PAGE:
Dog Administrative Hearings Clinic

The UCLA School of Law Dog Administrative Hearings Clinic is the product of an innovative partnership between City of Los Angeles Department of Animal Services (LAAS) and UCLA Law. Students in the clinic practice several practical legal skills while providing valuable public service. Participants learn how to conduct actual hearings and to analyze evidence in order to make fair determinations and recommendations in each case. The clinic brings together concepts from constitutional due process, evidence, property law, and animal law in the context of subject matter narrow enough that students can focus on practice skills in questioning, fact investigation, the analysis of facts in relation to statutes, developing a theory of a case, and writing persuasive reports and recommendations.

Every year, a large number of complaints are filed about dogs in the City of Los Angeles. People claim that their neighbors' dog barks too much or that a particular dog poses an unreasonable risk to public safety. The City, too, can file complaints against dog owners about their allegedly dangerous dogs. These complaints are resolved through administrative hearings to determine whether a dog's behavior is problematic and, if so, the best way to address it. The focus is on prevention of future incidents rather than punishment for past violations of the relevant law.

While these types of hearings take place in jurisdictions around the country, the UCLA School of Law Dog Administrative Hearings Clinic is unique. This clinic gives UCLA Law students the opportunity to serve as hearing examiners in these quasi-judicial proceedings held under the authority of the City of Los Angeles Department of Animal Services (LAAS). Indeed, it is the closest law students can come to serving as judges while in law school. UCLA Law Professor Taimie Bryant and experienced professionals in LAAS provide extensive training before UCLA Law students can be appointed to serve as hearing examiners. After students are appointed, the same team supervises them as they conduct hearings and produce reports with recommendations for the General Manager.

Work in the clinic can be challenging. Victims of a dog's aggressive behavior can include dogs and other animals as well as humans. Sorting out what triggered a dog and predicting the dog's future likelihood of causing harm can be difficult, especially when there were no witnesses to an incident. Unique situations pose unique challenges. For instance, it can be effective to impose conditions of ownership to prevent specific dogs from interacting with people and other dogs unless under direct supervision. However, that is usually effective only when their owners live in residences that allow for restriction of the dog's interactions. What about dogs belonging to individuals without such residences? Those dogs and the people who care about them are greatly disadvantaged in a system that relies heavily on restricting dogs' interactions to prevent risk of harm to others. This is just one example of a difficult situation hearing examiners encounter and must resolve with fairness and compassion. In fact, every case the clinic handles has unique and novel features, which require care and attention to details.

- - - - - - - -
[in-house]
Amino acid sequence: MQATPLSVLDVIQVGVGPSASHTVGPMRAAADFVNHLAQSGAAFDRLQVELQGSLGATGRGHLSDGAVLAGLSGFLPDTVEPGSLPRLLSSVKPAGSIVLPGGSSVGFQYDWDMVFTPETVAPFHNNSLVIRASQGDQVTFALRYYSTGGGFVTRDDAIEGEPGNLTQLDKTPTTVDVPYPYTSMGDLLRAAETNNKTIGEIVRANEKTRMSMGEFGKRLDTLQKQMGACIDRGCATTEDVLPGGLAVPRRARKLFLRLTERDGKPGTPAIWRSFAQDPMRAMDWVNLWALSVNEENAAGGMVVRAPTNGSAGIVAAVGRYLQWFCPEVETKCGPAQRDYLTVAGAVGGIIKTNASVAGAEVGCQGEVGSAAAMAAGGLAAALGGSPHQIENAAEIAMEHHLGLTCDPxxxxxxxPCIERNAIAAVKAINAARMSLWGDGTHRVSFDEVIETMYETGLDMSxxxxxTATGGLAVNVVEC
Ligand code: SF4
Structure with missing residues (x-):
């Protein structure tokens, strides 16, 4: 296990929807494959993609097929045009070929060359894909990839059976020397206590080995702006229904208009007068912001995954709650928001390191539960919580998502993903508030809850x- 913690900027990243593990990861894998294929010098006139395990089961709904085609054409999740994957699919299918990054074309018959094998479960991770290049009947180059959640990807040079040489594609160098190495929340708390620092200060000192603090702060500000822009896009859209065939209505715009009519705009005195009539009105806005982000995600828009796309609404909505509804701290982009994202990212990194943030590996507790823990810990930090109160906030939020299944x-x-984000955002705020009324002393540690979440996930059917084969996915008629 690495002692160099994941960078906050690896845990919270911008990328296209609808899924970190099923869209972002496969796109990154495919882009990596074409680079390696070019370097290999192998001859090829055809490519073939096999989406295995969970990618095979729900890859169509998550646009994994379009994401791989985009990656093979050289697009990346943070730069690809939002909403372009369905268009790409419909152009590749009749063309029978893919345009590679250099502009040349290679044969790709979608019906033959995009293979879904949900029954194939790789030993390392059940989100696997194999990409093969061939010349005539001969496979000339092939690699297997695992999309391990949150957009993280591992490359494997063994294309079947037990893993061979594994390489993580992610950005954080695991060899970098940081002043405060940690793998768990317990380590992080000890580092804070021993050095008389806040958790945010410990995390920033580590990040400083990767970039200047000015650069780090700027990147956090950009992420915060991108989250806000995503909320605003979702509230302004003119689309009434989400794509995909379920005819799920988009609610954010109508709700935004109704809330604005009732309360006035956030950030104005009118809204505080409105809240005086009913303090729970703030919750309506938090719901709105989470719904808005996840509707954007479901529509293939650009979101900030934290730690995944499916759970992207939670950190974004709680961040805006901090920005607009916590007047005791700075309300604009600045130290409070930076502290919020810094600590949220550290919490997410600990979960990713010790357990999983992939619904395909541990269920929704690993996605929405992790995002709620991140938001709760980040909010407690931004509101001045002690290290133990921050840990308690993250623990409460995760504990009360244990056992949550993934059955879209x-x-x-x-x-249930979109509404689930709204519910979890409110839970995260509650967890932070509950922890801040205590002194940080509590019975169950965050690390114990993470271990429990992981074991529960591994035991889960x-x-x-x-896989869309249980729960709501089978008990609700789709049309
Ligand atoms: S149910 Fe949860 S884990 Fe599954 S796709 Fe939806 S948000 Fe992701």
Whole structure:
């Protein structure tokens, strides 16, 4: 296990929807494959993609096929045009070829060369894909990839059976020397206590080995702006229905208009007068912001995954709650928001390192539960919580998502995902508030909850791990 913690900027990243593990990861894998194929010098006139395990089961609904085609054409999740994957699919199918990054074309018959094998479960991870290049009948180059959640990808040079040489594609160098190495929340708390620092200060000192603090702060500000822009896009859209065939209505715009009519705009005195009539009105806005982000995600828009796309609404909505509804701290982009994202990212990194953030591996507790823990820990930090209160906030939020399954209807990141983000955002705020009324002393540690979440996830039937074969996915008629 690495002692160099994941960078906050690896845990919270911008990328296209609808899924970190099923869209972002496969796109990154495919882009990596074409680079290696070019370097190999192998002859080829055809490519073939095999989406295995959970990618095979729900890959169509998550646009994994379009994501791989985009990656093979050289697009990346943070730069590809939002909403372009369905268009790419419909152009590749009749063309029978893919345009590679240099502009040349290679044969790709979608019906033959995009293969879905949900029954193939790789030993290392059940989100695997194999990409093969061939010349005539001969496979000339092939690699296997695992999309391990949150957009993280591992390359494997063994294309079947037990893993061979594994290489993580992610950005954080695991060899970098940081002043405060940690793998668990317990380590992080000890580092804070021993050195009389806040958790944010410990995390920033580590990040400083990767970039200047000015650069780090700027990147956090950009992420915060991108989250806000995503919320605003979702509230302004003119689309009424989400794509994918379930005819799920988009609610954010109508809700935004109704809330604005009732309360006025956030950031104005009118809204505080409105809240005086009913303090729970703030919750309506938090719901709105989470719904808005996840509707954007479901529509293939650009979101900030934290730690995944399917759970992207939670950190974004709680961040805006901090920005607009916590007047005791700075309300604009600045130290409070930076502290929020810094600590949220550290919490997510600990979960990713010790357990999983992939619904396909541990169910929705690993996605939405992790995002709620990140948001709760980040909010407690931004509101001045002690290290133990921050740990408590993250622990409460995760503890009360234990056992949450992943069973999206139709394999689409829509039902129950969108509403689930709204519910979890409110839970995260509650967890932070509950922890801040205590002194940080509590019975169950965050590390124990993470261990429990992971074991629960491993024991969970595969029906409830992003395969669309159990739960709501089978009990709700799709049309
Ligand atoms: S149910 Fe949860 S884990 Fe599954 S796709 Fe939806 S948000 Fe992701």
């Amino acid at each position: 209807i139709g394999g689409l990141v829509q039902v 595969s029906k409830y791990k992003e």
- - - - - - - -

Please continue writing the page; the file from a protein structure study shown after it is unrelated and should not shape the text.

Work in the clinic is interesting also because of lack of legal clarity about some of the rules that apply. Imagine a situation in which a dog bites a bicyclist on a cement beach bike path where there is signage stating, “No dogs on the beach.” Does that mean the sand part of the beach only? Is the cement bike path part of the “beach” because it is lying on top of the sand? Suppose the dog was on a leash but managed to bite a person anyway. Does being on a leash mean that the dog is “under the control” of the dog’s owner? Does the severity of the bite help to answer that question?

Finally, work in the clinic requires considerable flexibility because laws, rules, and agency personnel change. Different types of changes can occur suddenly, necessitating quick adjustments in procedure or in recommendations to be conceptualized differently than when first developed.

Because of all of these challenges, the clinic provides a particularly useful opportunity for future lawyers to learn and practice important legal skills. Students who gain the most benefit from the clinic are good at time management, flexibility, working with a variety of people regarding complaints about their dogs, and receiving and applying constructive feedback.

Clinic Advisors

  • Stephanie Anayah